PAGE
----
Beef farmers are the “yellow V8 driving 18-year-olds" when it comes to assessing their WorkCover insurance premiums.
Jillian Hamilton, managing director of Manage Damage, a risk management advisory company, said insurance rates were calculated on an industry’s risk profile.
She said yellow cars were involved in more crashes than red ones and young blokes driving V8s faced extremely high insurance premiums.
And specialist beef producers were in the same boat.
She told beef producers at Beef 2018 they needed to start quantifying their insurance risks in dollars terms.
They were now paying around six times the average cost of workers’ compensation premiums.
The Brisbane-based insurance risk-management specialist grew up on a farm at Somerton near Tamworth. She said her father no longer employed anybody to avoid “the nightmare” in the event of an accident.
She understood his thinking, urging beef producers attending her session to “aim to avoid the catastrophic” because a serious injury to an employee could cost their business a fortune and send their insurance premiums soaring.
A $6000 annual workers’ insurance bill could escalate to $50,000 or $100,000 with a couple of cases in the space of a few years, she said.
Many beef farms were in remote locations and getting help and treatment for workers and others who suffered injuries on them was usually difficult and potentially expensive.
She said beef producers’ potential insurance risk also included neighbours, friends and contractors who suffered injury while on their properties.
Farmers should always ask a sub-contractor or labour hire company to produce a certificate of insurance.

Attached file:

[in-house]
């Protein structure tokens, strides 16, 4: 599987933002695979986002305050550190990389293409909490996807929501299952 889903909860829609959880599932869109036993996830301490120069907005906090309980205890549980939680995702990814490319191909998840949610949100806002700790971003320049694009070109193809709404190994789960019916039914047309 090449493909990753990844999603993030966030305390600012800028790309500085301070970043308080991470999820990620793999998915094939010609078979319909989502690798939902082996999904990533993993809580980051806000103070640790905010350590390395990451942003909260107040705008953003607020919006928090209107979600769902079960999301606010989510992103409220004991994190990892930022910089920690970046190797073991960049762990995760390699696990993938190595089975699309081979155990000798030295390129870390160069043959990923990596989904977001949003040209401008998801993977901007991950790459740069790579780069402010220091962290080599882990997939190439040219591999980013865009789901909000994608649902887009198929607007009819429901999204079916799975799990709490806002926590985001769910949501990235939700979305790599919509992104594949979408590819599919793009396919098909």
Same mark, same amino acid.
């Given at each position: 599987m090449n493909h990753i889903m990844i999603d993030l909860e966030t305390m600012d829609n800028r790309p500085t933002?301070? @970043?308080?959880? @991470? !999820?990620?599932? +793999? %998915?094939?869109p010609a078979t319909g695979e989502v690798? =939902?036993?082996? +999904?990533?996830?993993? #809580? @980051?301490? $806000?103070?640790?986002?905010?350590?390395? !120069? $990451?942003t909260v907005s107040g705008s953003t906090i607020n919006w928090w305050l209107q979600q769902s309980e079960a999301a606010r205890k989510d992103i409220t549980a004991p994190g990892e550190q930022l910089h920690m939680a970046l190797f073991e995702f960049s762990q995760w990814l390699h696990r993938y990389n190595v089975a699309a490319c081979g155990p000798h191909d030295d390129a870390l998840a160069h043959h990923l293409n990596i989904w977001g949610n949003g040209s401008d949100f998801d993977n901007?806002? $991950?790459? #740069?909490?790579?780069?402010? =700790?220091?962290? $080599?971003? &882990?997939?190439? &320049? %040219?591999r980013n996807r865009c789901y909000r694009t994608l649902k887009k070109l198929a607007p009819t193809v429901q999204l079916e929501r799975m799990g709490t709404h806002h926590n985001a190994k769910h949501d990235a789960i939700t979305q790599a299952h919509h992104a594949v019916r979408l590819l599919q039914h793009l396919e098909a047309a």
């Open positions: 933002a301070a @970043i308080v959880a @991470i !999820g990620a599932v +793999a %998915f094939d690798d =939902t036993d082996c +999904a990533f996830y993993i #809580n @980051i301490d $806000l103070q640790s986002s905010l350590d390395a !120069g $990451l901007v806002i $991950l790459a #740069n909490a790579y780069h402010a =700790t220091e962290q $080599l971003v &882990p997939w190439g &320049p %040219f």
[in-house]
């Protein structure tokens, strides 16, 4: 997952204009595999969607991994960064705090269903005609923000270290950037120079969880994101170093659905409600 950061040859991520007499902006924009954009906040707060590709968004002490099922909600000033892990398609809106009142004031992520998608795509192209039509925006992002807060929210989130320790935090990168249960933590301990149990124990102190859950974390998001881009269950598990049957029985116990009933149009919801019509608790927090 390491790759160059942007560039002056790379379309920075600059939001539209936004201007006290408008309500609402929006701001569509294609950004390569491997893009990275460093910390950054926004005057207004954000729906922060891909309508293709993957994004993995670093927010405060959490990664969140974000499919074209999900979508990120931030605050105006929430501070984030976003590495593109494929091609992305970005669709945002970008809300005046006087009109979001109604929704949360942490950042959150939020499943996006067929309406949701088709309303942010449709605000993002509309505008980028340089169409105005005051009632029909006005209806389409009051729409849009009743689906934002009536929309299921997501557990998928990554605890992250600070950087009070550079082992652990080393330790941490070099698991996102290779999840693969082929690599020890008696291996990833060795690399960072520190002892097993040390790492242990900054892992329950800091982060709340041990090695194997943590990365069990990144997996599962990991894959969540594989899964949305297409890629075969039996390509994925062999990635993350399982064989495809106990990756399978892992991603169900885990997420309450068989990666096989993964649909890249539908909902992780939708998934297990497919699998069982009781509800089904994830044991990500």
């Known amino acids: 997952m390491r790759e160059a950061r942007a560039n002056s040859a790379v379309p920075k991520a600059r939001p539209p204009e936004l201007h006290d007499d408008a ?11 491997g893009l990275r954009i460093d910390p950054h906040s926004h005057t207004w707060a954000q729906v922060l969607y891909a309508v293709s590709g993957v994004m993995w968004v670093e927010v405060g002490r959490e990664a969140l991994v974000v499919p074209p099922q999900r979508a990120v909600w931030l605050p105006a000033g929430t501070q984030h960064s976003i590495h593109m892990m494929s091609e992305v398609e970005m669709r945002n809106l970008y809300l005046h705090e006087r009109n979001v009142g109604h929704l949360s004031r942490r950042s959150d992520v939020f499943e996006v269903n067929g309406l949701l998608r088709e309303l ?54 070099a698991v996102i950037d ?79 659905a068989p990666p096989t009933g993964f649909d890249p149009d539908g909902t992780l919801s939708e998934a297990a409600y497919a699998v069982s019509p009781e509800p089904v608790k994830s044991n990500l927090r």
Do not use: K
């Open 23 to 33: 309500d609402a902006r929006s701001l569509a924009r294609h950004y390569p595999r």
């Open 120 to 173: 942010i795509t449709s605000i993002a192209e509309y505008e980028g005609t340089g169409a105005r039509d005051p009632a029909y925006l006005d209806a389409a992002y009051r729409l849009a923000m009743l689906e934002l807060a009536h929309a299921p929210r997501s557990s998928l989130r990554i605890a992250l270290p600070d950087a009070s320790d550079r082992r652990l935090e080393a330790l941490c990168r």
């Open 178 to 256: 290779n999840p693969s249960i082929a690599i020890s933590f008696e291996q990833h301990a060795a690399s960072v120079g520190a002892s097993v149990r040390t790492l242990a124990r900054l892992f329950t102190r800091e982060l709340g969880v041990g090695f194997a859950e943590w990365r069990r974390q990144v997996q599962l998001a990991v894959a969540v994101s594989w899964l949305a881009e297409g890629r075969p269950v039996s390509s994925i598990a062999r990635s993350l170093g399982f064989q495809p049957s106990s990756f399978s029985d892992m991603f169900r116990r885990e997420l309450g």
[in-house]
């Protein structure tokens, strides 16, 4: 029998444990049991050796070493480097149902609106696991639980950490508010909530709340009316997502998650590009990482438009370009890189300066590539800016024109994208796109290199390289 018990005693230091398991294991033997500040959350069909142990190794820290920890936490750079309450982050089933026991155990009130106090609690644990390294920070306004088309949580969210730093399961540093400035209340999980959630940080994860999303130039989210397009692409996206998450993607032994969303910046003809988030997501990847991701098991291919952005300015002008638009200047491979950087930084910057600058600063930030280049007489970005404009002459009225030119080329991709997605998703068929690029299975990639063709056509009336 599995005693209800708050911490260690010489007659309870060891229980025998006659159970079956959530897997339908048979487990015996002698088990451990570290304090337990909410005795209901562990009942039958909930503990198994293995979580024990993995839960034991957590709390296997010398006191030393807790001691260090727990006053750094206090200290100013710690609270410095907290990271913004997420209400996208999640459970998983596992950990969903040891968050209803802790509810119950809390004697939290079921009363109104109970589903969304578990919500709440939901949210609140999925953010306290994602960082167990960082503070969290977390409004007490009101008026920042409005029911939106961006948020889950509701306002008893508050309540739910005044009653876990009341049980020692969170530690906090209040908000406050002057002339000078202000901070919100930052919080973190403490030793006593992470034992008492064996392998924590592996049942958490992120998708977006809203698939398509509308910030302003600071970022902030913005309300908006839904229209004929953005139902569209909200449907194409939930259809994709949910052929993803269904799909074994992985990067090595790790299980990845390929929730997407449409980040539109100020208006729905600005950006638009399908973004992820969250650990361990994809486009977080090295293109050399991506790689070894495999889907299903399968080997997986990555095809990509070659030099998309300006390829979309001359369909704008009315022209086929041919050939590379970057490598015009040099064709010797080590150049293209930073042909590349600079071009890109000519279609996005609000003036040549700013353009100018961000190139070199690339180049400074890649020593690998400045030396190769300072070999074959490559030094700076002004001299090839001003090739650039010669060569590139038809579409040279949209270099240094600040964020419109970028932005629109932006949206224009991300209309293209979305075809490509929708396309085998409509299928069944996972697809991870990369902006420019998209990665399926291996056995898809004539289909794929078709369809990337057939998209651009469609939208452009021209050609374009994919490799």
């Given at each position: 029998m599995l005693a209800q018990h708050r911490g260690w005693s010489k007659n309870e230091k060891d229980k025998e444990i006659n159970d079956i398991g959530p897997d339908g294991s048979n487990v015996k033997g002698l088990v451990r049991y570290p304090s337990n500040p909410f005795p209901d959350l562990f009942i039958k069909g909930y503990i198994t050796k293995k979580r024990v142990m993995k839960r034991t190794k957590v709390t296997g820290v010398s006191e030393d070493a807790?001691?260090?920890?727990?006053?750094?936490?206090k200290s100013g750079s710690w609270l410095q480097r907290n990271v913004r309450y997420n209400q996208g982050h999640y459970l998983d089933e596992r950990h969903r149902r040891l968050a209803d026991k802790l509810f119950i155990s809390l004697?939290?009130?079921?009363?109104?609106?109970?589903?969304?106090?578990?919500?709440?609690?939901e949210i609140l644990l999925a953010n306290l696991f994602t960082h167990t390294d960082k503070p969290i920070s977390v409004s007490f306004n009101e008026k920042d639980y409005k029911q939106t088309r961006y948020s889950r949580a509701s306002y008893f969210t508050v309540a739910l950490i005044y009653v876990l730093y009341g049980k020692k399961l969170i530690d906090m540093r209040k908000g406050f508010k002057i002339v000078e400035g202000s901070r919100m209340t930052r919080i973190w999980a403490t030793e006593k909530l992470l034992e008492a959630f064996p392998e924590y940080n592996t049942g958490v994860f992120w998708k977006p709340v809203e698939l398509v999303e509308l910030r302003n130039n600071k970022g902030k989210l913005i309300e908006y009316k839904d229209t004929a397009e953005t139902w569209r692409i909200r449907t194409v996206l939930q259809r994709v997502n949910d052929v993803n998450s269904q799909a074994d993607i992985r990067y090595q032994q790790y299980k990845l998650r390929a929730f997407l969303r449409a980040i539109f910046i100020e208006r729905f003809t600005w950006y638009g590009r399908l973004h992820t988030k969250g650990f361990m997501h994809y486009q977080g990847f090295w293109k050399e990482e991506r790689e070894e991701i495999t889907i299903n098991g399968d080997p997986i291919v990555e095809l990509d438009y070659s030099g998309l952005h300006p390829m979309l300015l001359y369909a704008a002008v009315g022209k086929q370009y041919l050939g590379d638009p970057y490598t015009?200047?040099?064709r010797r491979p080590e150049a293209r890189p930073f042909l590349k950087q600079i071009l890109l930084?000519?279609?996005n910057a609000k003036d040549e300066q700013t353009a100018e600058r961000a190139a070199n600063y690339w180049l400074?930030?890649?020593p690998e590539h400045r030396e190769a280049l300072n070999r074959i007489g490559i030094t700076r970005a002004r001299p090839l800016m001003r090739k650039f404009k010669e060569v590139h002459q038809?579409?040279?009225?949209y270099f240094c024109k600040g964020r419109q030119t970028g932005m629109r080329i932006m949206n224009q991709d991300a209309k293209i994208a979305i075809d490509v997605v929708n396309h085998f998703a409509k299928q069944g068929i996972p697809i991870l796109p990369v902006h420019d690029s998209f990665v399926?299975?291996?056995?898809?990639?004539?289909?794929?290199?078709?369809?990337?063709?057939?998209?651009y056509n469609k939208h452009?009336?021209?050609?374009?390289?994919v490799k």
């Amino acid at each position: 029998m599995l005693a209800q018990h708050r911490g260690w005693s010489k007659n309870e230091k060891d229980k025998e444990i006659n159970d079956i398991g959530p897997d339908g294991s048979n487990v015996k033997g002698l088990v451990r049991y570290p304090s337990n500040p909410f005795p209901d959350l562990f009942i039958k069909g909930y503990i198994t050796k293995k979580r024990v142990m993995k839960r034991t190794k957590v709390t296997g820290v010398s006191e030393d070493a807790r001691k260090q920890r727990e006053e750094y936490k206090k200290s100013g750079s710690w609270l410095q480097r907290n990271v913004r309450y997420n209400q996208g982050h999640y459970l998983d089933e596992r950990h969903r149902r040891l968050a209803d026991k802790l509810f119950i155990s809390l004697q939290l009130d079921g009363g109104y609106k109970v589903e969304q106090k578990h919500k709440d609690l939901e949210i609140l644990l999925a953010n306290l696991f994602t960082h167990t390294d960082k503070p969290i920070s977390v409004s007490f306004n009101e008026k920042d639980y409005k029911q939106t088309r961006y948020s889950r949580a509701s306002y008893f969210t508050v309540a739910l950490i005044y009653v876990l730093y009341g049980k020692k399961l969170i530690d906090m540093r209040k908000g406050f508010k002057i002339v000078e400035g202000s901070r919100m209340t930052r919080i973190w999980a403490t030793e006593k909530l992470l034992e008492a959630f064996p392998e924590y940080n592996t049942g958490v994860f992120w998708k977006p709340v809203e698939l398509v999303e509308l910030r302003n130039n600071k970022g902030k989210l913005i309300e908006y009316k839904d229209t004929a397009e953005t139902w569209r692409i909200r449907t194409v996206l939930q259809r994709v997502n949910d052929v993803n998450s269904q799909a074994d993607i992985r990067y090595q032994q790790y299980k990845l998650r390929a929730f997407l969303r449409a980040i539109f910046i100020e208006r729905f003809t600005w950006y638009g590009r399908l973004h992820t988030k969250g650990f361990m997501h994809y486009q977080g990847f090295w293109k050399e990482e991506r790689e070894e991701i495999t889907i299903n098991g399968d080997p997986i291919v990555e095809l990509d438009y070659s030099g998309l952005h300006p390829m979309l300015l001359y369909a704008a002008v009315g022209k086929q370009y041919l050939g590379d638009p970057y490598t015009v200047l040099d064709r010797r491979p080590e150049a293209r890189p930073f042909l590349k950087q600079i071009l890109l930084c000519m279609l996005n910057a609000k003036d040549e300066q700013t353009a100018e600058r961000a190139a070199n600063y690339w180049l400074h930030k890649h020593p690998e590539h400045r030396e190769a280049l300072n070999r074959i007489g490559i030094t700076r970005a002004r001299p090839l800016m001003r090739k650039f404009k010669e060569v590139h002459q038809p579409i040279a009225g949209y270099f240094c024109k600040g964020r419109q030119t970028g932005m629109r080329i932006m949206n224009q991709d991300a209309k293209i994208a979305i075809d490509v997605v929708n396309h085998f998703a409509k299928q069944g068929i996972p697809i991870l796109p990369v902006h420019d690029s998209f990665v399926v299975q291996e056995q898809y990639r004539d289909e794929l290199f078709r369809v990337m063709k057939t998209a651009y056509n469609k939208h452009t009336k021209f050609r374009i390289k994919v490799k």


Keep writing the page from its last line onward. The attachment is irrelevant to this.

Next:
Beef farmers were already getting a bad deal on workers’ insurance, she said, but their costs would continue to increase due to the rise of the “gig economy”.
Large numbers of “giggers” – freelancers, temporary workers and contractors – didn’t have insurance and that shortfall would have to be met by those who continued to pay premiums, she said.
She urged beef producers to implement a safety program on their farms including an annual safety induction.
She said farmers should also establish a good relationship with a physiotherapist who worked in remote areas or their local sports physio to have plans in place in the event an employee suffered a severe strain or sprain.
Immediate treatment could often nip in the bud a potentially long and expensive course of treatment.
She also told farmers to be firm about insurance claims if they thought they were unreasonable.
They shouldn’t be paying, for example, the cost if a worker injured himself playing rugby at the weekend.